Extracting Strawberry DNA

Extracting Strawberry DNA

With her arm extended far in front of her, Olivia H. ’29 smiles widely at Dr. Khanichi Charles as she showcases a test tube filled with strawberry purée.“I see something that pretty much looks like a pile of snot.” Olivia asks, “So does that mean it worked?” While a pile of snot is not typically a desired outcome, in this instance, it signified the success of Marlborough 7th graders’ lab work and experimentation in Exploring Science I (ESI). 

ESI is Marlborough’s science course for 7th graders. The class provides an introduction to various disciplines and essential lab skills, preparing students for more advanced Marlborough science courses throughout their academic careers. Within the ESI curriculum are “choose your own adventure” days, where traditional classroom learning takes a back seat to hands-on, experiential learning. In this particular lab, students extracted DNA from strawberries using graduated cylinders, beakers, electronic scales, strawberries, dish soap, and a few other basic household items. The end result was a clump of strawberry DNA, somewhat resembling mucus from a bad cold.

This experiment is easily accessible to anyone with basic kitchen equipment. Mx. Jules Favorito originally introduced the lab idea to the teaching team. “This lab always seems to spark joy in students because there are fun steps in the process,” they said, “and students get a lot out of the activity because they are visibly observing concepts we cover in the curriculum.” Collectively, the ESI teaching team—which includes Crystal Buckley, Dr. Khanichi Charles, Lisa Ellis, Jules Favorito, and Maxime Salzburg—decided to elevate the lab to put the 7th graders’ knowledge to use. “During our first unit in ESI, the Class of 2029 learned about science fundamentals which includes proper usage of beakers, graduated cylinders, and electronic scales,” explains Dr. Charles, “so we asked the students to put each of those lab instruments to use.” In addition to calling upon information the students had previously learned, this lab also perfectly previews their next unit when the class will learn about DNA in depth, including heredity and inheritance.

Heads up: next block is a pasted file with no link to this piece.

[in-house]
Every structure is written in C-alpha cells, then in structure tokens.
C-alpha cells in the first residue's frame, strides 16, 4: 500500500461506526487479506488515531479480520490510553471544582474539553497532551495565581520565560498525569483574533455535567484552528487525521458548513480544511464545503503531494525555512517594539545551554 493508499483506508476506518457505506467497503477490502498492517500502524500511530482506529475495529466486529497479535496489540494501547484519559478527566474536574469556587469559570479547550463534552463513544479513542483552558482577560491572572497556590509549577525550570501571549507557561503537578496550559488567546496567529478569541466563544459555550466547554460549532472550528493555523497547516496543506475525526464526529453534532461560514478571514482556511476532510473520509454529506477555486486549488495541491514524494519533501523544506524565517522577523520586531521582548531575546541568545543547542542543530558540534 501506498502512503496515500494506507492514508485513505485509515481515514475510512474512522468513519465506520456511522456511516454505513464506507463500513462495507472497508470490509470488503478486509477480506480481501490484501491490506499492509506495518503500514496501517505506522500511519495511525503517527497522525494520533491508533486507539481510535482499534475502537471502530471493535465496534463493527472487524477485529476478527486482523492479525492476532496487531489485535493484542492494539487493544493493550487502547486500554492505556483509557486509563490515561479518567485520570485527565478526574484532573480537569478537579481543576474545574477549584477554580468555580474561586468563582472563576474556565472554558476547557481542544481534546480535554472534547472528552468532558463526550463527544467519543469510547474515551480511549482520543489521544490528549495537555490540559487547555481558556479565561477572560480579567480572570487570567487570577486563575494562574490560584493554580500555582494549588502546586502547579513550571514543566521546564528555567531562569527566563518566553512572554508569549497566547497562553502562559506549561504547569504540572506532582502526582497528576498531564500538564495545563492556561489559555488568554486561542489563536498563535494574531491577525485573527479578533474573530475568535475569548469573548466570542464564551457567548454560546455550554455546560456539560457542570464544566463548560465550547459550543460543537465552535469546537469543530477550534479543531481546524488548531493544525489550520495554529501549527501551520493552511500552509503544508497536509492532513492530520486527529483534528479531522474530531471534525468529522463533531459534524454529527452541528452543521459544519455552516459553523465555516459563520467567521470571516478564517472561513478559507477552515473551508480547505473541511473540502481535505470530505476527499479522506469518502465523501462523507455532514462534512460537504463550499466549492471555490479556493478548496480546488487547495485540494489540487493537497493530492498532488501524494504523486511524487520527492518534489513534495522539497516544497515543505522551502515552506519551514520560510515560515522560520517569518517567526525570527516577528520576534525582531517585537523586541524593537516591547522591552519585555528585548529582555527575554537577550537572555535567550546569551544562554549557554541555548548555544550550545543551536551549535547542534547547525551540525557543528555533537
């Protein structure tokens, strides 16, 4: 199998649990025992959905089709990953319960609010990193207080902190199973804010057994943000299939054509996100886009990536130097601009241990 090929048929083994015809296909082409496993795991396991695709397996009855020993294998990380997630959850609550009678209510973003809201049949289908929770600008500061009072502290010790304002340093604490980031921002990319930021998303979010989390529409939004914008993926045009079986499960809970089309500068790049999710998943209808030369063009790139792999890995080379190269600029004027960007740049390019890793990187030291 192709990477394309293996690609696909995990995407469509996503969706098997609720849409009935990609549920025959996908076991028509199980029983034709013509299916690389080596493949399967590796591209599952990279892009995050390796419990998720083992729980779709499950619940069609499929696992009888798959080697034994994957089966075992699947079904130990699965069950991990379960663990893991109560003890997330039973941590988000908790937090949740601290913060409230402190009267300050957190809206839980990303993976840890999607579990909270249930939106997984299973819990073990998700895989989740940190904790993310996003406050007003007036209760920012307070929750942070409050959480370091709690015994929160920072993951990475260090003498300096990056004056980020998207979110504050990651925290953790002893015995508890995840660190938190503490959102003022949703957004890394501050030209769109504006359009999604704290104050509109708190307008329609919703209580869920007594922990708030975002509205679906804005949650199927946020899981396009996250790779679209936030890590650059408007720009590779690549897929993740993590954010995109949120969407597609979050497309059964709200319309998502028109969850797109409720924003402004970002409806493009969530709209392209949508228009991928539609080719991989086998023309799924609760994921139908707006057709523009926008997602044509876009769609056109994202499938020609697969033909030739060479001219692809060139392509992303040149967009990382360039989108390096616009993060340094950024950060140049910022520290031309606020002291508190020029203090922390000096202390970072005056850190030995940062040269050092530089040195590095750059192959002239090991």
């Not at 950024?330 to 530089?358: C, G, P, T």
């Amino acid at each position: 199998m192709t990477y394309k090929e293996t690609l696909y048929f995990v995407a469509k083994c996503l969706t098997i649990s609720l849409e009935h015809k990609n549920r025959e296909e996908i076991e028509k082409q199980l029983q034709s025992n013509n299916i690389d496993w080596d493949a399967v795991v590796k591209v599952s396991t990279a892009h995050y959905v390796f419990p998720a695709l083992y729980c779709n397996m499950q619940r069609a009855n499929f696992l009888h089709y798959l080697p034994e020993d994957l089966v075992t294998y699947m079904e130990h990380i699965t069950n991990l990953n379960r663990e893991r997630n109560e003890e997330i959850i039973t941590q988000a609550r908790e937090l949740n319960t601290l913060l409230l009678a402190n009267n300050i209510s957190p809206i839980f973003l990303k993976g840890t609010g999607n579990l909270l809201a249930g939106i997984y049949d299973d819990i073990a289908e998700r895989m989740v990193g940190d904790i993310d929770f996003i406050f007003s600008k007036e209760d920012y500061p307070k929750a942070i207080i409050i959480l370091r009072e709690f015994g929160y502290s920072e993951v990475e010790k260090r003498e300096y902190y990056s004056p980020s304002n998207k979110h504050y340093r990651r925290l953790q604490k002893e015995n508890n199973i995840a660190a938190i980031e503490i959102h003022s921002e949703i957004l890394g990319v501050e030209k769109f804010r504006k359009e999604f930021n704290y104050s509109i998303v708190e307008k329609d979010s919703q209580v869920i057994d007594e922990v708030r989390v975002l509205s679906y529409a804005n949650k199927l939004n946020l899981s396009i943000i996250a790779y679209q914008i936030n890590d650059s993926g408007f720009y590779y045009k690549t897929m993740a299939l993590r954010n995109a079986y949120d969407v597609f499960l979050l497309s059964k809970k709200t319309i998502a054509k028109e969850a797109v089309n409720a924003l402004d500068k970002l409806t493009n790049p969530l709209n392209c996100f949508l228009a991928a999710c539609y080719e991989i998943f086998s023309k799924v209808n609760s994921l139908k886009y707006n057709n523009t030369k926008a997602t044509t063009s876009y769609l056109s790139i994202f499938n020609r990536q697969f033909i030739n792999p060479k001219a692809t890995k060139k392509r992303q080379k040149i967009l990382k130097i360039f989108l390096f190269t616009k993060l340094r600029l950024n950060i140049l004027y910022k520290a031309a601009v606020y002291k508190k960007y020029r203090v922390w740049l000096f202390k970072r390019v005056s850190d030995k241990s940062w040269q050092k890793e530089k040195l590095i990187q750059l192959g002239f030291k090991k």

ESI student Birdie D. ’29 enjoyed using her new-found lab skills during this activity. She reflects, “We used some skills we had previously learned such as measuring, weighing, and lab precautions to make sure the result of our experiment couldn't be affected. I was really surprised when the solution became goop at the end!” This sense of surprise was echoed by Mx. Favorito as they observed their students. “In the final step, when the DNA of the strawberry began to precipitate out of the solution and become visible, there were exclamations of amazement and many began to ask intriguing questions about the actual science behind the lab,” Mx. Favorito shares. This joyful curiosity and intellectual intrigue aligns perfectly with the ESI team’s goals on “choose your own adventure” days—to ignite a passion for science and support students as they progress through Marlborough’s science curriculum, one fulfilling day in the lab at a time.

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